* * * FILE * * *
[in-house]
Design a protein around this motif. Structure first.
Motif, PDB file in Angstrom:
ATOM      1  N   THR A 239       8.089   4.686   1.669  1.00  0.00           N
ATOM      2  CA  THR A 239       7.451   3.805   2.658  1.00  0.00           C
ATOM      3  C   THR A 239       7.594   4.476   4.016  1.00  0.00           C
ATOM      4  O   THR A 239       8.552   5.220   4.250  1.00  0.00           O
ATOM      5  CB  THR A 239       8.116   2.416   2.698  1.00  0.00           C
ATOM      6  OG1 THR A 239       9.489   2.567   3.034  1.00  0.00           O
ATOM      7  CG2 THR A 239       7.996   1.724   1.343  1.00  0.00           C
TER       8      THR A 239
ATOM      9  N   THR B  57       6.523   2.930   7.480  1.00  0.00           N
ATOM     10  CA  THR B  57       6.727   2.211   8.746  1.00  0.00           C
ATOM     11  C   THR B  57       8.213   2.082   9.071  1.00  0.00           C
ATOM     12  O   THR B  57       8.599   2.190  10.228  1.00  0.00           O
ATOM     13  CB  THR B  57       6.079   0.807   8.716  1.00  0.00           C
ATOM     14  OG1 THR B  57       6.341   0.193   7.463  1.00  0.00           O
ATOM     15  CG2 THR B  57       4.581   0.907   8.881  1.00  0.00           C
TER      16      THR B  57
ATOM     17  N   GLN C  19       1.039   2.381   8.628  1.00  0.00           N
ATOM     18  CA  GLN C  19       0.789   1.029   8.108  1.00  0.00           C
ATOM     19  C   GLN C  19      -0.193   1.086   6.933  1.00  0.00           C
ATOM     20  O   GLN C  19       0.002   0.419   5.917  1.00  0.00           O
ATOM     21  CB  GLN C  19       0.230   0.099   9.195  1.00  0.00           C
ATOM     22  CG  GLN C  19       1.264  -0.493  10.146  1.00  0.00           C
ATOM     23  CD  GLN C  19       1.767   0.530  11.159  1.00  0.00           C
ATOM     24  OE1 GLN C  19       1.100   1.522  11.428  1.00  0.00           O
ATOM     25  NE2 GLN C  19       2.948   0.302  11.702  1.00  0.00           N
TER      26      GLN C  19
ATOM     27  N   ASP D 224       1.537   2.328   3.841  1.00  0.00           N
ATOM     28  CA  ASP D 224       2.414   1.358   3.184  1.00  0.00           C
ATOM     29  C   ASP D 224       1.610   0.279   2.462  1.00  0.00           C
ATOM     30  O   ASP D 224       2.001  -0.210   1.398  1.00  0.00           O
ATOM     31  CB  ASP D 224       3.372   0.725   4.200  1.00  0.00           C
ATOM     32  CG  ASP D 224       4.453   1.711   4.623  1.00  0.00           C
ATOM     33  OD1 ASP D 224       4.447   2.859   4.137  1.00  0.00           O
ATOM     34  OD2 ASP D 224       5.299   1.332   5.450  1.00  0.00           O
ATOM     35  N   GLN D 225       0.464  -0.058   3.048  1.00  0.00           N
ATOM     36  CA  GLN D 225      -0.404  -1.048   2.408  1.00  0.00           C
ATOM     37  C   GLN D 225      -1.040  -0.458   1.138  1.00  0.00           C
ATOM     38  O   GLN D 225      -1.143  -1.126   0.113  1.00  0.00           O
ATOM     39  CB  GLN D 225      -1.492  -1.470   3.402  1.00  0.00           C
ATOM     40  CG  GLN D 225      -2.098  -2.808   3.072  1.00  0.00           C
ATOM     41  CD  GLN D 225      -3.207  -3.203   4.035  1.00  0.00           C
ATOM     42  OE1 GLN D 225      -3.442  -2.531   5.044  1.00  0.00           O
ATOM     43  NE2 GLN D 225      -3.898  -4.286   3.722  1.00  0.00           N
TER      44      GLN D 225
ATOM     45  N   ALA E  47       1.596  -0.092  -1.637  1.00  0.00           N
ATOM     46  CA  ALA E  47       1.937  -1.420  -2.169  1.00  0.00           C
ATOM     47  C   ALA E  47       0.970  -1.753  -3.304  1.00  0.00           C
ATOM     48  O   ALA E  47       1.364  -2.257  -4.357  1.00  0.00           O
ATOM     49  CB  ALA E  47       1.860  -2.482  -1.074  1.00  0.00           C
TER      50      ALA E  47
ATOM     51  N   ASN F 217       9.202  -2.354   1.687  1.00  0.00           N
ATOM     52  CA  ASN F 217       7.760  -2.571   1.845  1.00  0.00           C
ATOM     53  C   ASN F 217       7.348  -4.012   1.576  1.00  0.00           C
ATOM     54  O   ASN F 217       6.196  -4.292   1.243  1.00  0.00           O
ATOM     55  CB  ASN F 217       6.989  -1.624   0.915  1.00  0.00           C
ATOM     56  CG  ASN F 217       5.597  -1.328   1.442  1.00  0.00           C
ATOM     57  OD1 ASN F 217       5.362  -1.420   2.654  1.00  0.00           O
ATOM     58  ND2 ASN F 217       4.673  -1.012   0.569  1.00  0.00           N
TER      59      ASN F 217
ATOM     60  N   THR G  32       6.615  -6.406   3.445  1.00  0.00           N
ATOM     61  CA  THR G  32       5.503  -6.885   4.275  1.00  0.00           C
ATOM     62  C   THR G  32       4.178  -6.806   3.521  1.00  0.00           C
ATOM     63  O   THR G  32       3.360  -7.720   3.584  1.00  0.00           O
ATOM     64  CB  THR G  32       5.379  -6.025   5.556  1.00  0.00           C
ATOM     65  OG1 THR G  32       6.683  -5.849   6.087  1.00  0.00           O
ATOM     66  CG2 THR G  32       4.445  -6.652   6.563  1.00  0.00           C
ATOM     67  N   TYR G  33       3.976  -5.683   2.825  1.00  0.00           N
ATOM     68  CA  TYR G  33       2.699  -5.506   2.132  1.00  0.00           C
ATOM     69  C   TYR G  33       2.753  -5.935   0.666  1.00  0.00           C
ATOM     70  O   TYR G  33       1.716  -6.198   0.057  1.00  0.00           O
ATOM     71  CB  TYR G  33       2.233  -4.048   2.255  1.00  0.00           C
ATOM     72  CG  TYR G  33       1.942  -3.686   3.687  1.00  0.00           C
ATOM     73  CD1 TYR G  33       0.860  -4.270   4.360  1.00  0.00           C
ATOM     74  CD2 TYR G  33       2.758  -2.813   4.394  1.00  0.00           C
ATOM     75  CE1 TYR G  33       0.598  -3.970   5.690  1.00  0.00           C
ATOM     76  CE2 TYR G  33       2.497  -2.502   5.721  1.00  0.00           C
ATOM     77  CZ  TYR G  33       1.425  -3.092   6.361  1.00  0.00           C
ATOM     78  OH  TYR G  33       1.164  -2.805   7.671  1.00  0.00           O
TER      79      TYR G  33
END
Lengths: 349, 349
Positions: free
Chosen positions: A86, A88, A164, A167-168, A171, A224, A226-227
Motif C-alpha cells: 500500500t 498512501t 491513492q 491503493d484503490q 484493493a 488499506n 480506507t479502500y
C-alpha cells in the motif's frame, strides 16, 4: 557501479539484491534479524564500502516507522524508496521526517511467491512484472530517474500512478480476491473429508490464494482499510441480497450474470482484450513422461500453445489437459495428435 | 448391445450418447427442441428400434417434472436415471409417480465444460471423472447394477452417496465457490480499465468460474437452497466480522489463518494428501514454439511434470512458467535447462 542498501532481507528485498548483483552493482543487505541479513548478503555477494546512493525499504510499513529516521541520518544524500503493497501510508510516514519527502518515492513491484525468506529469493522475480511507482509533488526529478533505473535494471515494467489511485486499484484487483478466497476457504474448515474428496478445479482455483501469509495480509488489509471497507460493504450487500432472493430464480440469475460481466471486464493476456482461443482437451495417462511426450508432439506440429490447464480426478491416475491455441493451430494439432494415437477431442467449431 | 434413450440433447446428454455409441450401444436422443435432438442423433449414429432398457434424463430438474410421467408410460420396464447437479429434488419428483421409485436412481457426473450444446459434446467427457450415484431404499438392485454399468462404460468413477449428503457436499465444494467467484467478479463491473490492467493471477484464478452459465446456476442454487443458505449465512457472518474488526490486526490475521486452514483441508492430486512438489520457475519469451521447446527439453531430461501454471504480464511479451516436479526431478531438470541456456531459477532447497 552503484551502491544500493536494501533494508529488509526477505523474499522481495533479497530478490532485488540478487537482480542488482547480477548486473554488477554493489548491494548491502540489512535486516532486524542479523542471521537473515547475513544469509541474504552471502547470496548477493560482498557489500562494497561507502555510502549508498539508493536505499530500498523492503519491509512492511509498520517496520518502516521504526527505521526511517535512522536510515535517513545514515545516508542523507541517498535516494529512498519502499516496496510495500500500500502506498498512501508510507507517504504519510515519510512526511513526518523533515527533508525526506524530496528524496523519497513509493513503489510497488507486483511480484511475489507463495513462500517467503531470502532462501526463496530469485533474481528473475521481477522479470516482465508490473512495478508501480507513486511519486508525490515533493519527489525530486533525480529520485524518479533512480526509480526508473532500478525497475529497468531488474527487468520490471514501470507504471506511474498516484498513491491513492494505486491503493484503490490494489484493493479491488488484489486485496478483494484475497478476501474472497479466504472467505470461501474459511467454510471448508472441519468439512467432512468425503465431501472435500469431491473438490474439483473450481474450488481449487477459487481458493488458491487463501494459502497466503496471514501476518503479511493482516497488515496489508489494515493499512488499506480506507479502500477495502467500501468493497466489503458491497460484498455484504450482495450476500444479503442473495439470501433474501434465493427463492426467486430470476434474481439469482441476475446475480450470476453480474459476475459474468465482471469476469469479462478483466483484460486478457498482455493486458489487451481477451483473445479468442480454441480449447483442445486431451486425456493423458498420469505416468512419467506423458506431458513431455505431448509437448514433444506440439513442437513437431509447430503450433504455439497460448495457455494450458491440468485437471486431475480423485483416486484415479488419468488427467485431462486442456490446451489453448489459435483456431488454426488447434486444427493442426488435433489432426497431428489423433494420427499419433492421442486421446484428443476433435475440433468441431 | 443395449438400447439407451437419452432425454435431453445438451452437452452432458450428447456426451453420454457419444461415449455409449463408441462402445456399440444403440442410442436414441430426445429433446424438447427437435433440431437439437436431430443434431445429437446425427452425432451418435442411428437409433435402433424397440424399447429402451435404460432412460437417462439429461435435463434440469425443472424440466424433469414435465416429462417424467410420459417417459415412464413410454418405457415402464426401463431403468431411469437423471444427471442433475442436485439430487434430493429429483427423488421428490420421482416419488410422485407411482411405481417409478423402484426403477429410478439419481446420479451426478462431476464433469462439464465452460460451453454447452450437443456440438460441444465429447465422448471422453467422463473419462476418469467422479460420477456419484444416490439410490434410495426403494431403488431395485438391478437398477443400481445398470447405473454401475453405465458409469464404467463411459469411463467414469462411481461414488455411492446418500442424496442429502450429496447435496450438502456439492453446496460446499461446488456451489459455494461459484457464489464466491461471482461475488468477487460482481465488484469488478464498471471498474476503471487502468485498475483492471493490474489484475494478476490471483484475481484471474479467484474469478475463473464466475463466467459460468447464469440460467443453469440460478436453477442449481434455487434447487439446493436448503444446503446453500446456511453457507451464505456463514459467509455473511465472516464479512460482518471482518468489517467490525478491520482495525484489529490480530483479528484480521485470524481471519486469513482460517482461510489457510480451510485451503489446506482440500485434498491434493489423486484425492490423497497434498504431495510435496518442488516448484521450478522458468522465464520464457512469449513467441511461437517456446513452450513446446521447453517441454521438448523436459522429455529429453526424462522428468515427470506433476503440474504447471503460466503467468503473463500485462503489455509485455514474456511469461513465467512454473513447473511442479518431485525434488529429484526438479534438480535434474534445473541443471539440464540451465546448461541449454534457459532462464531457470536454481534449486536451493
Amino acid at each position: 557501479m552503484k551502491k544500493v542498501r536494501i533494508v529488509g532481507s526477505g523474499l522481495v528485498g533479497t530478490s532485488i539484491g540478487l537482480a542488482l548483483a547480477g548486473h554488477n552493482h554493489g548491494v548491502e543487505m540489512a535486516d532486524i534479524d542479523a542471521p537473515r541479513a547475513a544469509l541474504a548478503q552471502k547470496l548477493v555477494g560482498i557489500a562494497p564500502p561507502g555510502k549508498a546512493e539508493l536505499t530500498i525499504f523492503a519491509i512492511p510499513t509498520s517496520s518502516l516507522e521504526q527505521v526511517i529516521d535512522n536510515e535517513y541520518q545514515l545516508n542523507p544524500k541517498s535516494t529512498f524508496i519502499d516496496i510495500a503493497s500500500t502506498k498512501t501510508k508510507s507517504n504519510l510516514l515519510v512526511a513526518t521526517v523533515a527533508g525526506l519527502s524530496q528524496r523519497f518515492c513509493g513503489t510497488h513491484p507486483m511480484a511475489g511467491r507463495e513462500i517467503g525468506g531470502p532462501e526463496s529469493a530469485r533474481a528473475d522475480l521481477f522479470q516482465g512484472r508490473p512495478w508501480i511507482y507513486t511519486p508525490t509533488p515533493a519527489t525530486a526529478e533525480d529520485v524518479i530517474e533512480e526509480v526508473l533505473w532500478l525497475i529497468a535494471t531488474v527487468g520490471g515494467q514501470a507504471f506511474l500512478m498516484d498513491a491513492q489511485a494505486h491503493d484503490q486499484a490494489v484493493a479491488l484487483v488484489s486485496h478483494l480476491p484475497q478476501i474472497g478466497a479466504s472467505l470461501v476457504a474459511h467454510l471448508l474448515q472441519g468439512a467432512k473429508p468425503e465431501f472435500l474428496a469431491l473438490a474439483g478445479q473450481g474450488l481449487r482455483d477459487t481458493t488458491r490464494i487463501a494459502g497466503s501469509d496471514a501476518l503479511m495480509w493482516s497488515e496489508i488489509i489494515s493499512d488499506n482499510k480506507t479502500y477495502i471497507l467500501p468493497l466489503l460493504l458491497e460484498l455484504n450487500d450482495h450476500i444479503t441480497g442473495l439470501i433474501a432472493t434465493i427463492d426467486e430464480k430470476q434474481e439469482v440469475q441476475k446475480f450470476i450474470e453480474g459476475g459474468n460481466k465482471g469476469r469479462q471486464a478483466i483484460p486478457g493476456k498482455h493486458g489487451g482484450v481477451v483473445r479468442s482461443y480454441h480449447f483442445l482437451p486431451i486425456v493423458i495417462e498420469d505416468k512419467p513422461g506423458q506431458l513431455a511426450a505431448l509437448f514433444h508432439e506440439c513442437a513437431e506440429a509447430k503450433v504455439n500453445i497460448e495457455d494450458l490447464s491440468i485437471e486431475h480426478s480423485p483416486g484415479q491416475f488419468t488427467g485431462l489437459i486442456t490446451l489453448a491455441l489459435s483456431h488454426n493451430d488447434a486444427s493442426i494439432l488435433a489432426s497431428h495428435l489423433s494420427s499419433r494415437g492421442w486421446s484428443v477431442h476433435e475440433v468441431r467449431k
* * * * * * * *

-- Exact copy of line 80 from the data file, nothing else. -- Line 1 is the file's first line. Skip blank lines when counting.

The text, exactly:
ATOM     77  CZ  TYR G  33       1.425  -3.092   6.361  1.00  0.00           C